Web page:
Tennessee Rent Control Laws in 2024

Introduction to Tennessee’s Rent Control Laws

Tennessee has some of the least restrictive landlord-tenant laws in the country when it comes to rent control and rent increases. The state prohibits any form of rent regulation, meaning there are effectively no limits on how much or how frequently landlords can raise rents. Cities and counties are also banned from implementing any local rent control ordinances. 

Tennessee's statewide prohibition on rent control sets it apart from many other states that allow some form of rent stabilization, at least in certain cities. Advocates argue this leaves tenants vulnerable to uncontrolled rent hikes, while landlord groups say rent control would stifle new housing construction. With housing costs rising rapidly in some Tennessee cities like Nashville and Memphis, there have been renewed calls to revisit rent regulations.

Under Tennessee law, landlords have broad discretion to raise rents with proper notice. The lack of rent control puts much of the balance of power in the hands of property owners when it comes to setting rates. Renters have few protections against large rent increases outside of their current lease terms. This guide will explore Tennessee's rent control laws and their implications for both landlords and tenants.

TN State Laws on Rent Control

Tennessee does not have any statewide laws implementing rent control. Landlords have broad discretion when it comes to raising rents, as there are currently no limits under state statute on how much or how frequently rents can be increased. The lack of rent control legislation in Tennessee gives property owners, investors, and landlords greater freedom compared to states like California and New York which have rent stabilization laws and rent boards limiting rent increases. 

Without statewide rent regulations, tenants have few protections against rapid rent hikes beyond what is agreed upon in their lease terms. Landlords in Tennessee can raise rents to match market rates once a lease expires, with proper advance notice. The state follows common law when it comes to landlord-tenant relations, which favors property rights. Some cities have considered passing local rent control ordinances, but so far no Tennessee municipalities have their own rent stabilization programs.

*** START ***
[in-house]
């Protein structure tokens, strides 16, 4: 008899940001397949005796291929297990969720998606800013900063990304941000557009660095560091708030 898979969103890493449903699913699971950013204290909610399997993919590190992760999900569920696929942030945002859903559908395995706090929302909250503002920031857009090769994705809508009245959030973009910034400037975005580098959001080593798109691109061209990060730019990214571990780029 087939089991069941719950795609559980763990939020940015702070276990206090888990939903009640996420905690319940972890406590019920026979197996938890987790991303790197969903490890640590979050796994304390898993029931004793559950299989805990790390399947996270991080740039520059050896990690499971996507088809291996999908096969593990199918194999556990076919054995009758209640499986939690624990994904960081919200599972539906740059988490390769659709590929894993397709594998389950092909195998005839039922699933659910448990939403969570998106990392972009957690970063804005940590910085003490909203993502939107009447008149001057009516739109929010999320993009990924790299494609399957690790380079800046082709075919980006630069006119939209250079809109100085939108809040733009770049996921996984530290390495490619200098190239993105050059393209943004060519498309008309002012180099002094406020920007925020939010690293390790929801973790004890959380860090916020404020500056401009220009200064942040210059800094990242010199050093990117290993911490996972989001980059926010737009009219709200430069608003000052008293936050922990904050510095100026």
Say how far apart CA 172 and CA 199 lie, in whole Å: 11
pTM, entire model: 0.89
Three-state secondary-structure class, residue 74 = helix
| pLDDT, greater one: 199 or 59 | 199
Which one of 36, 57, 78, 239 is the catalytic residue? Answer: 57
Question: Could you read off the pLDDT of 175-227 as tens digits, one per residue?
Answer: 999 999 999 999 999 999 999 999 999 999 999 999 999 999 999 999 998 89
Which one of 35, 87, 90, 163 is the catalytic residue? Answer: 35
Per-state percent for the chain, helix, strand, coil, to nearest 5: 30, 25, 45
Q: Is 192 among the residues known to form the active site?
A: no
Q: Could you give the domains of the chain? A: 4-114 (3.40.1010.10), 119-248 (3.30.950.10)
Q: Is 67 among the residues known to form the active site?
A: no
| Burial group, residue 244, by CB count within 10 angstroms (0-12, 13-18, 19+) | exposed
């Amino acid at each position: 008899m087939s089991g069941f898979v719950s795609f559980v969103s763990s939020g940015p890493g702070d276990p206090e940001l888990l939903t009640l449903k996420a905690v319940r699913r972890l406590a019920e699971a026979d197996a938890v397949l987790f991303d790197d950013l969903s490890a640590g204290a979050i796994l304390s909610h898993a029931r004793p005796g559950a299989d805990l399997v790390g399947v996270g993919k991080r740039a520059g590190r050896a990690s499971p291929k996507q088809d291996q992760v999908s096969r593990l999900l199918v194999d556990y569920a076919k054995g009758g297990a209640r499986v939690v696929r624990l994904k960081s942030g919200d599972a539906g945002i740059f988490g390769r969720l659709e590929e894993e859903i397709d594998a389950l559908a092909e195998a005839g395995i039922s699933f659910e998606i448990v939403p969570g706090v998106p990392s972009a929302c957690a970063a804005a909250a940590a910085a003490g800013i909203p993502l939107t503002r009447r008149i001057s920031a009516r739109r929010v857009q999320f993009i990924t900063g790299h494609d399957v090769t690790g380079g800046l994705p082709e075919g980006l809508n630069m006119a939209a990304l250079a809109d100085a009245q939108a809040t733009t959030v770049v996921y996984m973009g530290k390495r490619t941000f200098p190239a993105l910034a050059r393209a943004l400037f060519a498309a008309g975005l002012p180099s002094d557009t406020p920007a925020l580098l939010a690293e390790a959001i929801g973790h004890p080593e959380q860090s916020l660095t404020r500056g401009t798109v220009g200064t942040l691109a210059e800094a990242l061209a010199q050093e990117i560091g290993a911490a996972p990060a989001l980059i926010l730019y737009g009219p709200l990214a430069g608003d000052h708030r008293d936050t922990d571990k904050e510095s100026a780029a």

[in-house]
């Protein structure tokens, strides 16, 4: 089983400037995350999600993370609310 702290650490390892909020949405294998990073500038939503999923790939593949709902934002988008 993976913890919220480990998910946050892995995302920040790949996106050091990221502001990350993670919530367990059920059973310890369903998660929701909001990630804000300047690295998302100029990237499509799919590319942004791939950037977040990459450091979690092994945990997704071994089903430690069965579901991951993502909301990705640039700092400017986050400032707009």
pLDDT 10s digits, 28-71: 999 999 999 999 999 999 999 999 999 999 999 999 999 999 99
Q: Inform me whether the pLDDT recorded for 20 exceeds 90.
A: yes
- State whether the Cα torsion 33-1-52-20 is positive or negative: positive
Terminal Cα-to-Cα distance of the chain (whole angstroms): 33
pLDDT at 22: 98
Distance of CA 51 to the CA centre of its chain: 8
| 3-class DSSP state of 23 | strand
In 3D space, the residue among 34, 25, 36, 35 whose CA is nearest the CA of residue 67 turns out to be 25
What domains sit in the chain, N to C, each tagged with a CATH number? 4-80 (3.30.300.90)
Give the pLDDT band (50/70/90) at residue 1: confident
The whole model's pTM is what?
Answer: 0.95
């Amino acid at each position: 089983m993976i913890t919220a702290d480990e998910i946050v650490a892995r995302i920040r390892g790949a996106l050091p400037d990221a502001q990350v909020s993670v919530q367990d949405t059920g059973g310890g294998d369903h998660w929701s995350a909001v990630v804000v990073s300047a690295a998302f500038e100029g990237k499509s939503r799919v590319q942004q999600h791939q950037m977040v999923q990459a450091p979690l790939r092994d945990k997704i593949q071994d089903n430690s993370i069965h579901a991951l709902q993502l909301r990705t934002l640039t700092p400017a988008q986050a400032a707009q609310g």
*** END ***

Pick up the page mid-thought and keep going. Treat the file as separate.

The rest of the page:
Local Rent Control 

Tennessee state law prohibits cities and counties from enacting rent control ordinances or policies that would limit how much landlords can raise rents each year. The state has banned local rent control initiatives since 1981 with the Rent Control Act. This law centralized rent control policy at the state level and removed the ability of local governments to set their own rent increase limits.

As a result, no cities or counties in Tennessee have active rent control laws. Local governments do not have the power to impose annual rent increase percentage caps, limit rent hikes on vacant units, or require landlords to have "just cause" for large rent increases. Without changes in state law, Tennessee's local governments cannot establish any form of rent stabilization measures.

Limits on Rent Increases

Tennessee law does not limit how much a landlord can raise the rent when a lease term ends or the rental is month-to-month. Landlords have full discretion to raise rents to match market rates or even beyond. There are no caps under Tennessee law on the maximum amount or percentage that rent can be increased when a lease ends or renews. The lack of rent control in Tennessee gives landlords broad power to raise rents with proper notice, regardless of how large the increase may be. Without statewide rent regulations, market conditions are the primary factor dictating rent increases. As long as landlords follow proper notice rules, they can raise rents as much as they choose when a lease ends.

Recent Efforts to Change Laws

Tennessee lawmakers have made several attempts in recent years to repeal the statewide ban on rent control, but none have succeeded. 

In 2019, two Democratic state senators introduced a bill that would give cities and counties the option to implement rent stabilization policies. The legislation would have allowed local governments to limit how much landlords could increase rents each year. Proponents argued it was needed to address rapidly rising rents in cities like Nashville and Memphis. However, the Republican-controlled state legislature did not take action on the bill.

In 2021, a new bill was proposed in the Tennessee House of Representatives with the goal of repealing the prohibition on rent control enacted in the 1970s. Supporters of the bill said rent control measures were necessary to keep up with population growth and gentrification pricing out lower income residents. Opponents argued rent control would discourage construction of new housing supply needed to meet demand. This bill also failed to advance.

Affordable housing advocates continue to call for giving municipalities more flexibility to address housing affordability issues in their communities. But statewide preemption of rent control remains in effect. For now, the lack of rent restrictions allows landlords to raise rents freely subject only to market conditions.